This past week, the Biden administration doubled down in its campaign against climate change with the release of a suite of four reports, on national defense, financial risk, homeland security, and migration. These reports all start with the common premise that the climate crisis is now upon us in full fury. Moreover, they also all insist that the issues at hand are nonpolitical, and that the objective at all times is “to be guided by the best available science and data.” To say the least, however, the claim looks hollow, given that none of these reports offers any data whatsoever to support its major contentions.
The reports never address contrary views or even acknowledge that on some points the science is, to use the much-mooted phrase from Steven Koonin, “unsettled” on such key questions as the size of the Greenland ice sheet, the patterns of sea level rise, or the impact of expected temperature increases on economic growth over time. The reports are also dead silent on the role that technological improvements will play in reducing the raw materials or carbon dioxide output needed for any given output of energy, agriculture, or machinery. Nor do they ask whether human decisions, like poor forest management, account for increases in fires and air pollution, or whether a shift to nuclear power, natural gas, or clean coal might change the arc of history. Finally, they never acknowledge the complex interactions between American actions, international treaties and the actions of key players, like China and the European Union.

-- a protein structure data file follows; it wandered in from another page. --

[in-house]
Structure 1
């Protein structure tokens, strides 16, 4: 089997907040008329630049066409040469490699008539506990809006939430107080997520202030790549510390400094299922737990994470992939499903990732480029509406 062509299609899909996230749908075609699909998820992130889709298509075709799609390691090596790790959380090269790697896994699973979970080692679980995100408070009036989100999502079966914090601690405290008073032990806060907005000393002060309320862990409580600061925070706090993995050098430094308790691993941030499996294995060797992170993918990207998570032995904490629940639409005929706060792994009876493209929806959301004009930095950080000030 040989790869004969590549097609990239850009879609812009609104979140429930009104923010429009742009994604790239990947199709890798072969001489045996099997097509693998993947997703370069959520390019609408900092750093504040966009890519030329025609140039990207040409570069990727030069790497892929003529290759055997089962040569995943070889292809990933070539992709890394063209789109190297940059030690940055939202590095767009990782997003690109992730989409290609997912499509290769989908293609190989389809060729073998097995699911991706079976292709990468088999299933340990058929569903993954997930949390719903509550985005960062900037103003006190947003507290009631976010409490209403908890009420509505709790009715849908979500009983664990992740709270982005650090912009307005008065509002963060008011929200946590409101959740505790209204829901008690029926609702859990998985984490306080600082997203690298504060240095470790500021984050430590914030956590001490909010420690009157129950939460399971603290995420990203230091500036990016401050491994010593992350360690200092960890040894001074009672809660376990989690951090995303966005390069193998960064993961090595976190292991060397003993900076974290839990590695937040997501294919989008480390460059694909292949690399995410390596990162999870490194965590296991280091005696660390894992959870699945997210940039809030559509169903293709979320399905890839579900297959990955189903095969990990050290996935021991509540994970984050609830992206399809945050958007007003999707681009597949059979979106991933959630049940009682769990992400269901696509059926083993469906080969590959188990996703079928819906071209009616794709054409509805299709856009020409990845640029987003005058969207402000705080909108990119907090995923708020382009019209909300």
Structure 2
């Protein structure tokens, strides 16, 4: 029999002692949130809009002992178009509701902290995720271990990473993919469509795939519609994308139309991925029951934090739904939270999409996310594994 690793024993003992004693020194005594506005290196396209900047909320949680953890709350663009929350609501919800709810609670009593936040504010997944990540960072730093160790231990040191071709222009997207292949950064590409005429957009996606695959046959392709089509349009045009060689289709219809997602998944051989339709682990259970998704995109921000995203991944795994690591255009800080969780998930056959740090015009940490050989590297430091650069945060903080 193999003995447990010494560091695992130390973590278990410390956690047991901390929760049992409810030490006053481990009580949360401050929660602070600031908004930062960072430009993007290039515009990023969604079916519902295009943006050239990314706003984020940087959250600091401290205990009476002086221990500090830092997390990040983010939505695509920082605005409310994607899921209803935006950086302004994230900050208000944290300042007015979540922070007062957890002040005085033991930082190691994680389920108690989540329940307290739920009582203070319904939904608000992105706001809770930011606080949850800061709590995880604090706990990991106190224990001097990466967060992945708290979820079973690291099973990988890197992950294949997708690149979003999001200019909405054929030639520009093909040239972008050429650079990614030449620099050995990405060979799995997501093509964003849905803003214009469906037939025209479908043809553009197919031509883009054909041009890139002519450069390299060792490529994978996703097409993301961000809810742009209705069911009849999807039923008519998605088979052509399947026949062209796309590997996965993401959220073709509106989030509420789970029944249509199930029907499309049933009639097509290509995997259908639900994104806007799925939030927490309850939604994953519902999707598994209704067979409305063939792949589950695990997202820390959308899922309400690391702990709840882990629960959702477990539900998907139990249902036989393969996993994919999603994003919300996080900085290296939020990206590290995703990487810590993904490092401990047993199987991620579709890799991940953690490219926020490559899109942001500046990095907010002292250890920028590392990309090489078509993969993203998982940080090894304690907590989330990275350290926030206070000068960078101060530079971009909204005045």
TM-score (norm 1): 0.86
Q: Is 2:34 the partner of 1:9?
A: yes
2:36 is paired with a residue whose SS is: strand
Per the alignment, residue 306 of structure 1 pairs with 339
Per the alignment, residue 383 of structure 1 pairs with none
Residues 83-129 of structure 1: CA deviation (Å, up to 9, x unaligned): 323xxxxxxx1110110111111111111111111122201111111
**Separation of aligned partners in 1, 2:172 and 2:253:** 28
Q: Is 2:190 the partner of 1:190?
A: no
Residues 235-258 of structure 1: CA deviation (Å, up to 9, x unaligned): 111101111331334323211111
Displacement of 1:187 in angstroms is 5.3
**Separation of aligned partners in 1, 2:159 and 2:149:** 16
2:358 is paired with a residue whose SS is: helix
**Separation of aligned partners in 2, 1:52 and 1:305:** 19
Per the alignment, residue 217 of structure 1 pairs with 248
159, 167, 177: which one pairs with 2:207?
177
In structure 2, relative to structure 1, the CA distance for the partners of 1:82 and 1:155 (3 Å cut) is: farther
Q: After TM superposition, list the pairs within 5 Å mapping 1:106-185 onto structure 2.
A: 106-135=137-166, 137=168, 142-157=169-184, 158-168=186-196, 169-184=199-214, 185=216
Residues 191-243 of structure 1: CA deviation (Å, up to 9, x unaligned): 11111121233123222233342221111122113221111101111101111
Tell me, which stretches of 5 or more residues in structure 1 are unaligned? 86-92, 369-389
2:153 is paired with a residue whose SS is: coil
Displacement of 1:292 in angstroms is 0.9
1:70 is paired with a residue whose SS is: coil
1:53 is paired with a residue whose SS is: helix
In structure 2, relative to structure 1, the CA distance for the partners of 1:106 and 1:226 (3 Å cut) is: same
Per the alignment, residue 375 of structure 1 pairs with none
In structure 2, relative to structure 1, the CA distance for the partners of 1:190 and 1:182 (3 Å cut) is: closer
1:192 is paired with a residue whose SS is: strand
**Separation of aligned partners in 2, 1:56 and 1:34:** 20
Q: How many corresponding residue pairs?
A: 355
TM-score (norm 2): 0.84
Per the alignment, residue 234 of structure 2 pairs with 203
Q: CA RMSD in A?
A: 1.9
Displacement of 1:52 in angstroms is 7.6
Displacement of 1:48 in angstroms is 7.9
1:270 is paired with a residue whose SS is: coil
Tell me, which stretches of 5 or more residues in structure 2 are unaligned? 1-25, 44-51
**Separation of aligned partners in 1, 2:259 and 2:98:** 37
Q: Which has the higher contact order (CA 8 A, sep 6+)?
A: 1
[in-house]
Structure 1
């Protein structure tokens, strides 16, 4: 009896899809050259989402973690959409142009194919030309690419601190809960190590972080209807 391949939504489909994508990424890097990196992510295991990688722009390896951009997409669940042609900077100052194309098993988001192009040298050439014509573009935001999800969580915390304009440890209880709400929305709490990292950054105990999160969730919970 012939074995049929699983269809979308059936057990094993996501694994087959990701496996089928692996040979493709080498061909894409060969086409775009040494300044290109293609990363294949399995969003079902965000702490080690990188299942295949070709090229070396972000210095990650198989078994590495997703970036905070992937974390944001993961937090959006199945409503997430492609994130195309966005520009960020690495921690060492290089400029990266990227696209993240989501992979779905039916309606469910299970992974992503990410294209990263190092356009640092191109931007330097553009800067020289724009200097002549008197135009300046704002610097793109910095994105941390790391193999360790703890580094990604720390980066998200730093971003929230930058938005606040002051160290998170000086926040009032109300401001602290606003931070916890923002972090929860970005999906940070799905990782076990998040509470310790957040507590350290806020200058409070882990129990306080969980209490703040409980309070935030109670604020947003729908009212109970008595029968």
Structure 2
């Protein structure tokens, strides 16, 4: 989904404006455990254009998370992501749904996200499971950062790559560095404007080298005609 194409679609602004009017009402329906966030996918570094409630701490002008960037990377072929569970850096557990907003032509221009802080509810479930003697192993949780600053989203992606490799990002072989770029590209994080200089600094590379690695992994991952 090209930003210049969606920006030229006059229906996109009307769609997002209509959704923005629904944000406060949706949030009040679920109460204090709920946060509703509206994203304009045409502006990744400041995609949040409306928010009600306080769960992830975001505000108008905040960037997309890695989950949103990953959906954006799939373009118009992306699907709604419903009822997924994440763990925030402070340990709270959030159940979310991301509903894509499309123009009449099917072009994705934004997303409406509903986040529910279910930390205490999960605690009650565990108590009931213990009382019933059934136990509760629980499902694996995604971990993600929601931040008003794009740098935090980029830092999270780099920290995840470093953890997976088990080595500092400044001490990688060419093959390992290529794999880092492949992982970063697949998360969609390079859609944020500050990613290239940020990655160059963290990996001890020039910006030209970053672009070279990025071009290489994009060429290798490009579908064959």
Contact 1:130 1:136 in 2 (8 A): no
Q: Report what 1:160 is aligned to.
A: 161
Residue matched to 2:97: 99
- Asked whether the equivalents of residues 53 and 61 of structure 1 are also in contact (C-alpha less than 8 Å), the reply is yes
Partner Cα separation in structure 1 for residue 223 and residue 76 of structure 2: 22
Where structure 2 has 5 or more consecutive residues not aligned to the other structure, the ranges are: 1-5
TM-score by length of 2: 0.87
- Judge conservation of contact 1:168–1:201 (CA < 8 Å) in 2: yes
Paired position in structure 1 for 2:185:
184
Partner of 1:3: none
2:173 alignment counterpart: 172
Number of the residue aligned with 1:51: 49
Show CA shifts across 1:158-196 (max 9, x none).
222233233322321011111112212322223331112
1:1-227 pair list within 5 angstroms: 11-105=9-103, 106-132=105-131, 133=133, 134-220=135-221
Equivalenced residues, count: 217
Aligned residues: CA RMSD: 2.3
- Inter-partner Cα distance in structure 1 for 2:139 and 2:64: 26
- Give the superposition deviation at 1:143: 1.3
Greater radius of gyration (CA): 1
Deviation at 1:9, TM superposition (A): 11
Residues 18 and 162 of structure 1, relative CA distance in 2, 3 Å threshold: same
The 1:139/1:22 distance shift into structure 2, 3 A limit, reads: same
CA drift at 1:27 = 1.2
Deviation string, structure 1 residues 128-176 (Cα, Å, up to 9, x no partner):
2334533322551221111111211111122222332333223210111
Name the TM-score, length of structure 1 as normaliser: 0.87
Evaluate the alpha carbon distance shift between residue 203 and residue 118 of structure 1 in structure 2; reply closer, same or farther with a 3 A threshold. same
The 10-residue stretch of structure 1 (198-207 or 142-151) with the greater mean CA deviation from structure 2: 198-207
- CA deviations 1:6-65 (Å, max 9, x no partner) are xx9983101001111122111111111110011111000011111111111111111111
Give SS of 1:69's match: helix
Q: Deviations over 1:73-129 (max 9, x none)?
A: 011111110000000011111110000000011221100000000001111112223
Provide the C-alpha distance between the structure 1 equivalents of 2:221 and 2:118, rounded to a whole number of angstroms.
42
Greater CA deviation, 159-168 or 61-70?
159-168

Sadly, instead of asking any hard questions, these reports just take the worst-case scenario for granted and move on. The financial risk report summarizes this basic orientation by wrongly claiming that the report of the United Nations Intergovernmental Panel on Climate Change “concluded with high confidence that the climate crisis is ‘code red for humanity.’ ” The quoted words were not, however, from the IPCC report but rather from a florid press release by the secretary-general of the United Nations, António Guterres, which unwisely went well beyond the IPCC report.
One possible response is that a little exaggeration is just what is needed to spur a lethargic nation into action on multiple fronts. That temptation should be stoutly resisted because it can all too easily lead to unsound recommendations by minimizing or ignoring alternative hazards that could easily present greater perils. These errors abound in all these reports, with their constant emphasis on a “climate resilient” economy that is in a position to deal with the anticipated calamities if nothing is done to eliminate them.